Evaluation methodology 1: global test dataset

The first evaluation methodology that we propose consists of the federated version of the classical evaluation methods. For this purpose, we use a common test dataset allocated in the server. We show the evaluation metrics (loss and accuracy, in this case) in each round of learning, both in local models and updated global model.

The behaviour of this evaluation methodology is as follows.

test_data = np.reshape(test_data, (test_data.shape[0], test_data.shape[1], test_data.shape[2],1))

federated_government.run_rounds(1, test_data, test_labels)
Evaluation in round 0:

Collaborative model test -> Loss: 59.04448699951172, Accuracy: 0.5504249930381775

This methodology is the simplest and shows only the result of the global model tested on the global testing data. The problem with this methodology is that the local evaluation metrics are biased by the distribution of the test set data. That is, the performance of the local models is not properly represented when using a non-IID scenario because the distribution of training data for each client is different from that of the test data we use.

Nonetheless, it represents a simple way for representing the results for IID experimental scenarios.

Evaluation methodology 2: global test dataset and local test datasets

In this evaluation methodology, we consider that there is a global test dataset and that each client has a local test dataset, according to the distribution of their training data. Hence, in each round, we show the evaluation metrics of each client for their global and local tests.

This evaluation methodology is more complete as it shows the performance of the local FL models in the global and local distribution of the data, which gives us a better overview than the first methodology.

First, we split each client's data in train and test partitions using the split_train_test operation.


After that, each client owns a training set, which is used for training the local learning model and a test set, which is used to evaluate it.

We are now ready to show the behaviour of this evaluation methodology.

# We restart federated government
federated_government = shfl.federated_government.FederatedGovernment(model_builder(), nodes_federation, aggregator)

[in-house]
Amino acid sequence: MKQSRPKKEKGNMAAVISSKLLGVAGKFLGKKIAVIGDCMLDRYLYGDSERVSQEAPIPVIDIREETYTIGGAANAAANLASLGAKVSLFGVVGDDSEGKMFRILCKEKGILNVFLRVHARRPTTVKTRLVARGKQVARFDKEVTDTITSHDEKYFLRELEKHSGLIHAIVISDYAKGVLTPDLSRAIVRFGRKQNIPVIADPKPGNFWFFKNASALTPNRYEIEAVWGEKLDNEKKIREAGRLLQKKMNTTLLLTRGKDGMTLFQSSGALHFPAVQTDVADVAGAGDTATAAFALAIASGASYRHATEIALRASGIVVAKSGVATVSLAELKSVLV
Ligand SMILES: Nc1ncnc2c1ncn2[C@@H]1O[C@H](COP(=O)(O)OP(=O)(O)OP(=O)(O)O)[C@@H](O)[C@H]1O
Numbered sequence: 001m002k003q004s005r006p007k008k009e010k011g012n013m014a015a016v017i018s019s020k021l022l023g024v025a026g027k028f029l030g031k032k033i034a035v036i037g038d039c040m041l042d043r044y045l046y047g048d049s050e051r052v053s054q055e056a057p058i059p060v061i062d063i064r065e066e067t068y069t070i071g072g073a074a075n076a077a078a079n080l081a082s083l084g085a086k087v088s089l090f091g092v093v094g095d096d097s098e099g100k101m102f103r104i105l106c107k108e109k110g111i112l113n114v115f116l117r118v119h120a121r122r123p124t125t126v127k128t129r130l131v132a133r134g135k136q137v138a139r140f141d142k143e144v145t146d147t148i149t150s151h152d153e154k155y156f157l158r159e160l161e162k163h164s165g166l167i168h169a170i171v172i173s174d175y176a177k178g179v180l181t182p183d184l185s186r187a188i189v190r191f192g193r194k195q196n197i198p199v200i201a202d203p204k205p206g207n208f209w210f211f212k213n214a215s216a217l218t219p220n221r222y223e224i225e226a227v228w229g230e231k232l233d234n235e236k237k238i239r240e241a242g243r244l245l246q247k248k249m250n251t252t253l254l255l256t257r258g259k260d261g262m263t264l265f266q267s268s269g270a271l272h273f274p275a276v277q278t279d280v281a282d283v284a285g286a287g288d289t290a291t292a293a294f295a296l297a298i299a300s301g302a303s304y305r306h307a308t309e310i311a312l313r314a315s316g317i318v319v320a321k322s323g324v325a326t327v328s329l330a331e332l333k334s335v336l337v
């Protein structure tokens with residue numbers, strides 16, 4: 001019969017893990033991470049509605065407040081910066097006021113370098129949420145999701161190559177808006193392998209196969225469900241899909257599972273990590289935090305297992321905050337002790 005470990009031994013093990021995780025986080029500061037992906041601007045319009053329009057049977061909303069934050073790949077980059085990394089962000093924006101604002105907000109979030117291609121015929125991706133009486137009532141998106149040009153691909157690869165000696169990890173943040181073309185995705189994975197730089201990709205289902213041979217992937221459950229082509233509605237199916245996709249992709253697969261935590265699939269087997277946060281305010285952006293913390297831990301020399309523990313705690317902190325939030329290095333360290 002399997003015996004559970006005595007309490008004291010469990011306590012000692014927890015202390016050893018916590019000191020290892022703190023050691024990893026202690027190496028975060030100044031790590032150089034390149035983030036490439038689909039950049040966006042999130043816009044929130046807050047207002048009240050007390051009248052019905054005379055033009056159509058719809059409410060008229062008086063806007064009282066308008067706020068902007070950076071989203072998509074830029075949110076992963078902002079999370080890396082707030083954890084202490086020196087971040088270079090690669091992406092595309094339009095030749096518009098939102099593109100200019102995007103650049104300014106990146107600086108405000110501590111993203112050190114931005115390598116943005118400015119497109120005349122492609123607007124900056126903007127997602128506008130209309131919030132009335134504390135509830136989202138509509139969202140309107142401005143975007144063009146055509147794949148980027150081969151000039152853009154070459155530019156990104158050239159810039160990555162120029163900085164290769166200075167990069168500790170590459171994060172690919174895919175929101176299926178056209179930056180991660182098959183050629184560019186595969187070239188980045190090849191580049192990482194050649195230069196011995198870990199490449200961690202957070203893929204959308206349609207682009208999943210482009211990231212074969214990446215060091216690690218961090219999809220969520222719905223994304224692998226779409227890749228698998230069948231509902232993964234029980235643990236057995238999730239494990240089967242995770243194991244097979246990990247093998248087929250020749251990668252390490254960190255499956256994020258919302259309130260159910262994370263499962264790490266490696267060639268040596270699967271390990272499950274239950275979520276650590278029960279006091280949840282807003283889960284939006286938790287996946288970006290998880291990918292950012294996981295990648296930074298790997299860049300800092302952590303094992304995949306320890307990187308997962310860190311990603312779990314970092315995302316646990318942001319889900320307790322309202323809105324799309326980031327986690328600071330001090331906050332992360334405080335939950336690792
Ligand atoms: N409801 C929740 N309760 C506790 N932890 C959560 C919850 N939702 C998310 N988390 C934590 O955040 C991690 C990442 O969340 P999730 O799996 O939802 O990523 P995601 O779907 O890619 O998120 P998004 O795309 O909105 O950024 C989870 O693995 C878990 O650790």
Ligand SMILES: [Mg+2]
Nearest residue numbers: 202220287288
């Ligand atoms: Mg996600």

federated_government.run_rounds(1, test_data, test_labels)
Evaluation in round 0:
Node 0:
 -> Global test:  Loss: 846.8062133789062, Accuracy: 0.1983249932527542
 -> Local test: Loss: 0.03912096098065376, Accuracy: 0.9905561208724976
Node 1:
 -> Global test:  Loss: 162.3595733642578, Accuracy: 0.7281000018119812
 -> Local test: Loss: 0.26336681842803955, Accuracy: 0.9364583492279053
Node 2:
 -> Global test:  Loss: 614.5960693359375, Accuracy: 0.3789750039577484
 -> Local test: Loss: 0.06318580359220505, Accuracy: 0.9760416746139526
Node 3:
 -> Global test:  Loss: 172.77056884765625, Accuracy: 0.7355250120162964
 -> Local test: Loss: 0.23929619789123535, Accuracy: 0.934374988079071
Node 4:
 -> Global test:  Loss: 97.10688018798828, Accuracy: 0.7725499868392944
 -> Local test: Loss: 0.353897362947464, Accuracy: 0.8864583373069763

Collaborative model test -> Loss: 56.06695556640625, Accuracy: 0.5565750002861023

We appreciate the significance of this new evaluation methodology in the output produced. For example, the first client performed the worst in the global test, while it was the best in the local test. This indicates that the data distribution of this client is most likely very poor, compared to the global data distribution, for example, which consists of only two classes. This produces a really good local learning model in just one round of learning considering that it is a simpler problem, but with a very low global test performance.

This highlights the strength of using specific evaluation methodologies in FL, especially when the distribution of data among clients follows a non-IID distribution.